Parents: Talk To Your Kids About Dagobah

Overanalyzing our favorite movies is a cherished hobby amongst nerds. We’ll of course pick apart the stuff we hate, and that’s probably understandable to the average person… but less comprehensible is the tendency to dig into the flaws of that which we love, even to the point of questioning that love (as shown by Justin’s piece on the Indiana Jones movies last week).

This particular trip (and I do use that word with extreme prejudice) is not about flaws, per se, but it is a bizarre recent observation on a beloved movie that I can’t shake from my head. That wacky Justin guy is also indirectly responsible here; I was having a brief discussion with him on a statement of his that his favorite characters in movies are often the ones in the background, the ones that “don’t do anything”. That was interesting enough to me that it became the subject of my blog for Zombie Ranch this week, but one of the examples he gave was Yoda in The Empire Strikes Back.

I didn’t argue with him about that at the time, but… Yoda? Really? He’s not a background character! He teaches Luke the Force! He guides Luke to face his fears. He raised a whole frickin’ X-Wing out of a swamp just to prove a point! How can you possibly classify Yoda as a character who doesn’t do anything?

Except then my mind made the jump that, not only is that technically true — but that within the context of Empire, the case could be made that Yoda never existed. In fact, that the entire detour to Dagobah could have been nothing more than a hallucination, drug-induced or otherwise, born out of Luke’s addled head.

Owen and Beru never confronted Luke about his tragic "Power Converter" problem...

Let’s leave aside for the moment that in the Star Wars universe, there seems to be a fine line between “force-sensitive” and “schizophrenic“. All right, actually, let’s not leave that aside. Schizophrenia often sets in on a person in late adolescence/early adulthood, and stressful episodes can be the trigger. Stress like, oh, perhaps losing both of your surrogate parents and the other old guy you glommed onto in lieu of them within the span of a few days. Then you’re zooming down a Death Star trench with all your buddies dying around you and the fate of the whole rebellion hanging on your shoulders, and the voices in your head begin.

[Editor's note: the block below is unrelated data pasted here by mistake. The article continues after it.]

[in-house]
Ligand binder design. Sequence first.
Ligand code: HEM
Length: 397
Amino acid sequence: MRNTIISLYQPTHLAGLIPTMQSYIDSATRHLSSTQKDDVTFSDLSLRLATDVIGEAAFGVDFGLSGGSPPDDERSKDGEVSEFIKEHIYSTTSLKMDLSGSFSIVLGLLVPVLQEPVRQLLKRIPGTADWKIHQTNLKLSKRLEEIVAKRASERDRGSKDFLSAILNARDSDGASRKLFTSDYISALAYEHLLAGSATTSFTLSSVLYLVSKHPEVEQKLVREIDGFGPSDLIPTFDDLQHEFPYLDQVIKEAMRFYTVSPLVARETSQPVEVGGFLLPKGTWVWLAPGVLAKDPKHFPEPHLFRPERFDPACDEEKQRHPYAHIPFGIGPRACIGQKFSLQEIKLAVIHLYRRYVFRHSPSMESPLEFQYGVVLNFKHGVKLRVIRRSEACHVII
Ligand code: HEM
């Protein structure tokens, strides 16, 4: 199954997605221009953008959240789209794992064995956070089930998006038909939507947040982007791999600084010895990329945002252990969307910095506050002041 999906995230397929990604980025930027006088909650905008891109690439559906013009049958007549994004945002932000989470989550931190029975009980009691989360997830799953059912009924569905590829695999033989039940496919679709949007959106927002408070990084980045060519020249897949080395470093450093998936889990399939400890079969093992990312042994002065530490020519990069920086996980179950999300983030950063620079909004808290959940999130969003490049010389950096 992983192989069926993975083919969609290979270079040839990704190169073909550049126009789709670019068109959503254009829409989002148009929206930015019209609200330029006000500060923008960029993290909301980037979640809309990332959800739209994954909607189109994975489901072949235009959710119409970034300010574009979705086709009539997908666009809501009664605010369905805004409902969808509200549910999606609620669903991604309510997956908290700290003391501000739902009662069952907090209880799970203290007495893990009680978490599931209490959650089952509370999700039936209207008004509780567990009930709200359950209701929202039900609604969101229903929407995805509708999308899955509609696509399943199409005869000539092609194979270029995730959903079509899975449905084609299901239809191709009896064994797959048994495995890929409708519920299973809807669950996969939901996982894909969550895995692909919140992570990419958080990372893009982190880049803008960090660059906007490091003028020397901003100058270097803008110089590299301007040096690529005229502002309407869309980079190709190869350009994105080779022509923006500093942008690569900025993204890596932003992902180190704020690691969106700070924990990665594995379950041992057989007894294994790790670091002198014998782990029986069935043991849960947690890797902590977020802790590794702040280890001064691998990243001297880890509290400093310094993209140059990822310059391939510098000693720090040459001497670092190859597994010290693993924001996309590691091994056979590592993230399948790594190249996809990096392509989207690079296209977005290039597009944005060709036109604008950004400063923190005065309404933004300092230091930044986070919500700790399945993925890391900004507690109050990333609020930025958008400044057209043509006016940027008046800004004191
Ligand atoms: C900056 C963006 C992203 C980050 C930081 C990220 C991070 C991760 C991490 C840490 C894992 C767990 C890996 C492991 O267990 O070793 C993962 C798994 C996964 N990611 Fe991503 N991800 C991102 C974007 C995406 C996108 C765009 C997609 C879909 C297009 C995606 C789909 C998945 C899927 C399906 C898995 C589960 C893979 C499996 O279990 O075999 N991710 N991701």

But they go away again after that (at least, so far as we know). Luke seems to be okay: happy, smiling, surrounded and supported by friends. And then, the Wampa happens, and young Mr. Skywalker ends up in the snowy wastes, half-dead from blood loss and exposure, as a glowing Ben Kenobi appears to tell him “You will go to the Dagobah System” to learn the ways of the Force from Yoda.

Perhaps not the best time to lock in life-affecting decisions, is what I'm saying.

 My wife’s (diagnosed schizophrenic) mother once claimed that Satan appeared and had a conversation with her while she was eating Cheerios, but fortunately she didn’t take any of that talk to heart. Luke, on the other hand…

INTERIOR: Luke’s X-Wing – Cockpit
 Luke, looking thoughtful, suddenly makes a decision. He flips several switches. The stars shift as he takes his fighter into a steep turn. The X-wing banks sharply and flies away in a new direction.
The monitor screen on Luke’s control panel prints out a question from the concerned Artoo.
LUKE: (into comlink) There’s nothing wrong, Artoo. I’m just setting a new course.
Artoo beeps once again.
LUKE: (into comlink) We’re not going to regroup with the others.
Artoo begins a protest, whistling an unbelieving, “What?!”